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December 9, 2010

Political Reflection in the Wake

Patricia A. Kelly

It’s been said many times and many ways over the past month that the voters have spoken, but the question of what they really meant to say has yet to be answered.


Now that the holiday season is upon us, the time of goodwill toward all, our newly elected and newly un-elected officials would be well advised to take some time to reflect on this question. So would we, the voters and taxpayers.


In speaking recently with a centrist Democrat, he expressed his frustration with the extremist liberals within his party. He is committed to move his party more to the center, to responsiveness to their core, tax-paying constituency. He is considering changing parties if he can’t achieve this.


Perhaps, rather than quitting, he should consider creating the Democrats version of the Tea Party, because, in reality, the problem with government lies with both the right and the left.


The government, and those who are paying for it, has become completely disconnected. The government has taken on a life of its own, rolling downhill like a big snowball, continuously enlarging itself and creating laws, rules and entitlements all over the place without a bit of thought about who is paying the bill, or about whether the laws created follow the principles of a democratic society, whether the government is doing what individuals or local organizations should be doing.


Things have gotten so crazy that our government is printing documents in other languages, and mandating translation, rather than expecting immigrants to learn English. Our government won’t let many people in legally, but won’t allow us to even count anonymously the number of illegal immigrant students in our schools. San Francisco, Oakland and New Haven are offering I.D. cards to illegal immigrants so that they can access government benefits and “integrate into the community.” The Oakland ones don’t even have photos, height or weight on them. I guess that will save printing because people will be able to share them.


Our Founding Fathers created our government with a system of checks and balances for a reason. They knew government could get out of hand very easily. Unfortunately, our politicians have overcome the system, and spend their time following their own agendas, or snuffling after pork like French pigs searching for truffles. They appear to think a lot more about their colleagues than about their constituencies except when seeking votes.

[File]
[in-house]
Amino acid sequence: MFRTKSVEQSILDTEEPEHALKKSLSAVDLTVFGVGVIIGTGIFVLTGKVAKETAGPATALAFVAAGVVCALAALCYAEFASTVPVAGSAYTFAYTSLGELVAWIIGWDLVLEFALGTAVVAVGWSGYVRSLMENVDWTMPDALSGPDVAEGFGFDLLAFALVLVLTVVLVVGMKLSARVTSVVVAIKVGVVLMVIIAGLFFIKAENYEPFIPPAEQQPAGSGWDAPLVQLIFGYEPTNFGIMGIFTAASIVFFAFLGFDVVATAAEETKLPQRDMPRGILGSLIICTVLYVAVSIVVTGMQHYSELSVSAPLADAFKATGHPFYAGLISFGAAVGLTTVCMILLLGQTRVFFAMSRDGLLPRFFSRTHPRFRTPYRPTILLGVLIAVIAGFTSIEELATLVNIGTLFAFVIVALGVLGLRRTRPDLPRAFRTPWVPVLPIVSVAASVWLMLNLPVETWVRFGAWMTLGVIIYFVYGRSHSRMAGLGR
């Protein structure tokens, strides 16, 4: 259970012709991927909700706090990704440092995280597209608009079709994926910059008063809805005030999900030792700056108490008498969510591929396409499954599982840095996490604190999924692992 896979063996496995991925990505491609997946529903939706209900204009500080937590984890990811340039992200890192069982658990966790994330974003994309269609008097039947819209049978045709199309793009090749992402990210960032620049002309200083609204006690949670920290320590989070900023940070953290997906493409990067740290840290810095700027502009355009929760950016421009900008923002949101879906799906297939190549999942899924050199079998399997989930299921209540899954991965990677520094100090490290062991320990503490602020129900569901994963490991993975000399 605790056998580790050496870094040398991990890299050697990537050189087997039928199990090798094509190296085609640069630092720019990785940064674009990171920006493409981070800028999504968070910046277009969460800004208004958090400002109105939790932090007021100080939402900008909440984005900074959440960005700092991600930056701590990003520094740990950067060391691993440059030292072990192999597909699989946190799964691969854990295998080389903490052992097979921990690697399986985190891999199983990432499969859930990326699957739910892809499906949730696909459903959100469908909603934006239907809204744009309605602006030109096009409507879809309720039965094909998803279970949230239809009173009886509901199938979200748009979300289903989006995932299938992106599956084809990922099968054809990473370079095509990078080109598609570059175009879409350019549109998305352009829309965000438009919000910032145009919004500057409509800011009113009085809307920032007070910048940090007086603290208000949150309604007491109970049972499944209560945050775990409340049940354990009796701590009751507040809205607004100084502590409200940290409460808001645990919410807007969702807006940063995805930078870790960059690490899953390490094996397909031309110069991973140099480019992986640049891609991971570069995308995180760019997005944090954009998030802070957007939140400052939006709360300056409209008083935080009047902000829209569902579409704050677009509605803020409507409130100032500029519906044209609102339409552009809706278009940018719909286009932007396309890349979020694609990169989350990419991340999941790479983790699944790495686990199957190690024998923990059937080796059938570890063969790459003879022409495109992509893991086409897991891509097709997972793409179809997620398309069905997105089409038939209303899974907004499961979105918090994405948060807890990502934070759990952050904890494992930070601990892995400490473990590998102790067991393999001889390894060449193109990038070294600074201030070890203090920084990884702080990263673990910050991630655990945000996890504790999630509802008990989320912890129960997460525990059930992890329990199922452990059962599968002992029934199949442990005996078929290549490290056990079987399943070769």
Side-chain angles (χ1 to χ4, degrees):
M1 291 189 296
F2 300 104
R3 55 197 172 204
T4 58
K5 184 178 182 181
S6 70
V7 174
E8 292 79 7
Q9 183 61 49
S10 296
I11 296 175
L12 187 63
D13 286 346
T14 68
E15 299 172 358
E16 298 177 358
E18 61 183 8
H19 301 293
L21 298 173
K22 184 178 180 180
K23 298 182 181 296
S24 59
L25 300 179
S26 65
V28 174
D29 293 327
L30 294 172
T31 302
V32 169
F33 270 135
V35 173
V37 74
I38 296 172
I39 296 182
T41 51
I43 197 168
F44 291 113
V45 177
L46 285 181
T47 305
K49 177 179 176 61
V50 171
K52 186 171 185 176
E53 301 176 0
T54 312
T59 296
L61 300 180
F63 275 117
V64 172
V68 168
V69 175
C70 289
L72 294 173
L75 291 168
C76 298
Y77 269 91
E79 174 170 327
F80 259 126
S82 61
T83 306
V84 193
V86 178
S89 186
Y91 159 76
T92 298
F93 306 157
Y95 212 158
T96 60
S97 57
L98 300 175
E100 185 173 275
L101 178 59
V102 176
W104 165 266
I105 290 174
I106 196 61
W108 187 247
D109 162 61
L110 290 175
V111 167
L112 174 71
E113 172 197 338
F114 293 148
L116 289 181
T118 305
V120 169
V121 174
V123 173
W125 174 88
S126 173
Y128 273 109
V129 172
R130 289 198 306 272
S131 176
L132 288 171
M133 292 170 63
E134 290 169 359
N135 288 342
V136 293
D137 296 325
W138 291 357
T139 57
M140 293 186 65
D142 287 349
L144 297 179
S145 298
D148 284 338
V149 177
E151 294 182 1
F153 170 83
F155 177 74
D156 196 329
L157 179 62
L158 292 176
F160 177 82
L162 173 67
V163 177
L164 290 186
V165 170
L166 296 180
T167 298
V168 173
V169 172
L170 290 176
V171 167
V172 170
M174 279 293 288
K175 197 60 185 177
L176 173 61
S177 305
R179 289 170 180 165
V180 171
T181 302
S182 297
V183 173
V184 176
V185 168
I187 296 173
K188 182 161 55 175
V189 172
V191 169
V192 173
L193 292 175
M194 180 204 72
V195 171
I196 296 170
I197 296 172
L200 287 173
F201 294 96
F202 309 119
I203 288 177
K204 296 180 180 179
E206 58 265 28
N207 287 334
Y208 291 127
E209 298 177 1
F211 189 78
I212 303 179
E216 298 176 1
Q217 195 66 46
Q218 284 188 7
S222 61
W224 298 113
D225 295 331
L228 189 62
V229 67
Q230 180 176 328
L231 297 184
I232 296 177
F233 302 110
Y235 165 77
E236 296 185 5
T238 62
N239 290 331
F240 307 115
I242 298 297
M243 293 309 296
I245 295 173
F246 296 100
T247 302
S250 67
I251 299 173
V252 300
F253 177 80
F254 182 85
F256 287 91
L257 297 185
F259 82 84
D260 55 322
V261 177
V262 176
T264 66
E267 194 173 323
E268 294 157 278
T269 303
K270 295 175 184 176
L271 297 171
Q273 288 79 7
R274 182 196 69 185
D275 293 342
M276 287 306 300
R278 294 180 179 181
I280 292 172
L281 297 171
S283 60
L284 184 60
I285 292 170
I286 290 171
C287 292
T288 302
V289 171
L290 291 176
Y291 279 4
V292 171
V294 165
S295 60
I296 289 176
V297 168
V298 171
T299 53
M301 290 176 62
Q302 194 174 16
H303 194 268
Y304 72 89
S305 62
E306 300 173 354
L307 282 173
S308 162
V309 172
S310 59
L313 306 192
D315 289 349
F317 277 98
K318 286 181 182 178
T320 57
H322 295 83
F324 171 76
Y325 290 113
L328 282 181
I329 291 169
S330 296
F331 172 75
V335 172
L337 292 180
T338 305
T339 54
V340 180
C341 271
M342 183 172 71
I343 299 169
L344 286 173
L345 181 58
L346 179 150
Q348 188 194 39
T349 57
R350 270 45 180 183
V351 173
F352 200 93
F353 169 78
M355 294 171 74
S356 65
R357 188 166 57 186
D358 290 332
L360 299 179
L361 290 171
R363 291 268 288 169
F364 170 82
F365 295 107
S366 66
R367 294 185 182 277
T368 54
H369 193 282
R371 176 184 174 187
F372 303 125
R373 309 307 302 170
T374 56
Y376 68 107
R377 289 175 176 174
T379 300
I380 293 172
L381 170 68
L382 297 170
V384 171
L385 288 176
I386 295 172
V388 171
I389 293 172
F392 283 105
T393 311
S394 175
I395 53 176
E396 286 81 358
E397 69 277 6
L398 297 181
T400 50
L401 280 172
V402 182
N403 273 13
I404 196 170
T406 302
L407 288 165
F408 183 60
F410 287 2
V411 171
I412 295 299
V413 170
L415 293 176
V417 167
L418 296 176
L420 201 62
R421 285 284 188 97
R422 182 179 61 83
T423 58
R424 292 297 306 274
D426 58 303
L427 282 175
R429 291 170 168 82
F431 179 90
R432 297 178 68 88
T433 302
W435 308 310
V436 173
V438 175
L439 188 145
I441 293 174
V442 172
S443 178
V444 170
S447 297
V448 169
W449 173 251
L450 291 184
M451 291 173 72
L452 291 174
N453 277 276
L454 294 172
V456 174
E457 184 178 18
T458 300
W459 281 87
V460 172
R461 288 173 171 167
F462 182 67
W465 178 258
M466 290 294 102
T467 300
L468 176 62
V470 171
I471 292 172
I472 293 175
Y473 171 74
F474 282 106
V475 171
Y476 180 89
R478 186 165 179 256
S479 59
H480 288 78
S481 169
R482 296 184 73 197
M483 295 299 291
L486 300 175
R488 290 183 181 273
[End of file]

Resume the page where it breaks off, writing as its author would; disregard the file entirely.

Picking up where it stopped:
These same Founding Fathers created a government indirectly of the people. They arranged for the people’s views to be tempered by leadership, such as, in the case of presidential elections, the Electoral College. For awhile I thought this process should be eliminated. After all, we can vote instantly for Dancing with the Stars, so why not the president?


One answer is that we are a nation of unprincipled ignoramuses. Witness some Caucasian extremist conservatives and their anti-black, anti-immigrant, anti-non-Christian prejudice. Witness the completely insane stories being passed around America on the Internet? Thank goodness these people don’t get to vote directly.


And thank goodness these people have gone into battle over politics, because, on the extreme left, there are people just as nutty, people who think money grows on trees, and that our government should be a candy and gift dispenser. These people think the rich, that is, the producers of businesses, goods and jobs, should fund all the give-always. They already pay a disproportionate share of taxes, and, if we tick them off enough, they can remove their money from this country.


The problem is that conservatives go to battle over gun rights, English as the official language, fewer government regulations; but they are unwilling to allow the same to others. Some are willing to impose Christian beliefs and values on others, to mandate their pro-life beliefs, to restrict perfectly legal construction such as the New York City mosque. Extremist Muslims appear to believe that they have the handle on righteousness, and are willing to deny me the right to emerge from my home without a head covering, or, at least, to consider me less moral than they if I do. They wish to restrict people living in America from living according to our culture.


All of this is wrong, and none of reflects the principles of the United States. If we can’t even be respectful of each other as individuals, how do we expect to guide the government to reflect majority values, majority contributions and to develop a principled society when we‘re spending all our time being more right than the person next door?


We who work need to get the inclusion concept that the United States stands for, stop trying to look better than the guy next door, and take our government in hand. We need to remind them of who is paying, take them by the shirt fronts, and demand accountability, transparency and reasonable spending habits. They, our leaders, need to get that they are going to be held accountable by their employers – us.


If we don’t get respectful of each other, and don’t stop trying to impose our ways on others when we should all be monitoring the government together, then maybe we deserve what we’ve gotten.


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